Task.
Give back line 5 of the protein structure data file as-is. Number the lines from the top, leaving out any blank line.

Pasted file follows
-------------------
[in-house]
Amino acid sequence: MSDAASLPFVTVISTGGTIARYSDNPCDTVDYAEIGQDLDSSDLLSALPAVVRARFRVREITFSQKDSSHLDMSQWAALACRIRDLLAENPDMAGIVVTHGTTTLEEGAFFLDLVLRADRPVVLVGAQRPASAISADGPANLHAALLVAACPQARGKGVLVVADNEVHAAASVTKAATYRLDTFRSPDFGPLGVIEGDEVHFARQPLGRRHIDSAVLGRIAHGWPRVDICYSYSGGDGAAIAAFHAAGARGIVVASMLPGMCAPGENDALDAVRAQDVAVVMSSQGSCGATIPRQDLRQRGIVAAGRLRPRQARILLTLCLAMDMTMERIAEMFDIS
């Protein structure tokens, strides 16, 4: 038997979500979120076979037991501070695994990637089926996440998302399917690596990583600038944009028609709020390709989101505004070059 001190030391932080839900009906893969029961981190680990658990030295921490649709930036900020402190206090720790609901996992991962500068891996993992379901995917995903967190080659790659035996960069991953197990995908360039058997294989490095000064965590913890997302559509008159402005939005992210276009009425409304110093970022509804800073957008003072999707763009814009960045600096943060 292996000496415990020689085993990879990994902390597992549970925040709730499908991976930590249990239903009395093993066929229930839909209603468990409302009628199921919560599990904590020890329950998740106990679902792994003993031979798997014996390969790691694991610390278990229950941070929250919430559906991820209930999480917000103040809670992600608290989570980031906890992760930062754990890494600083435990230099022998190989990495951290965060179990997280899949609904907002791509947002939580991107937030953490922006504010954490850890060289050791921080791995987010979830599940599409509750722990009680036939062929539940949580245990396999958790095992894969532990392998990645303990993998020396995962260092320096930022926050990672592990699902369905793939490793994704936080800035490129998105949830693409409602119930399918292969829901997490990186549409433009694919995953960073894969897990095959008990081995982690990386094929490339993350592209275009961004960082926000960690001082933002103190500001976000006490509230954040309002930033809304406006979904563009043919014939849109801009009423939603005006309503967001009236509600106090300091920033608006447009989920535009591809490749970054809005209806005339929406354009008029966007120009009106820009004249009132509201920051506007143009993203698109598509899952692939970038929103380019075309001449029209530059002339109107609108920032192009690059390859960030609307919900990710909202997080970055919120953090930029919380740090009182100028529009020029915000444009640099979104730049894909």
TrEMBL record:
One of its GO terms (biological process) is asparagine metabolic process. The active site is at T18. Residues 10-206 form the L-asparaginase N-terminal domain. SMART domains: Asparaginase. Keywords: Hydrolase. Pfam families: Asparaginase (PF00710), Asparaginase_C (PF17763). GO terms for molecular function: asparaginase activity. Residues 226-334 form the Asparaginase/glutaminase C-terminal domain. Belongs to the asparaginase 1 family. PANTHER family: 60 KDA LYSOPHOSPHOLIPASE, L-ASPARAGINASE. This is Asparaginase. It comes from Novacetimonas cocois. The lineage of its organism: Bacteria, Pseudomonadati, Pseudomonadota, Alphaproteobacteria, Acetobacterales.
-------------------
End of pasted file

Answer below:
One of its GO terms (biological process) is asparagine metabolic process. The active site is at T18. Residues 10-206 form the L-asparaginase N-terminal domain. SMART domains: Asparaginase. Keywords: Hydrolase. Pfam families: Asparaginase (PF00710), Asparaginase_C (PF17763). GO terms for molecular function: asparaginase activity. Residues 226-334 form the Asparaginase/glutaminase C-terminal domain. Belongs to the asparaginase 1 family. PANTHER family: 60 KDA LYSOPHOSPHOLIPASE, L-ASPARAGINASE. This is Asparaginase. It comes from Novacetimonas cocois. The lineage of its organism: Bacteria, Pseudomonadati, Pseudomonadota, Alphaproteobacteria, Acetobacterales.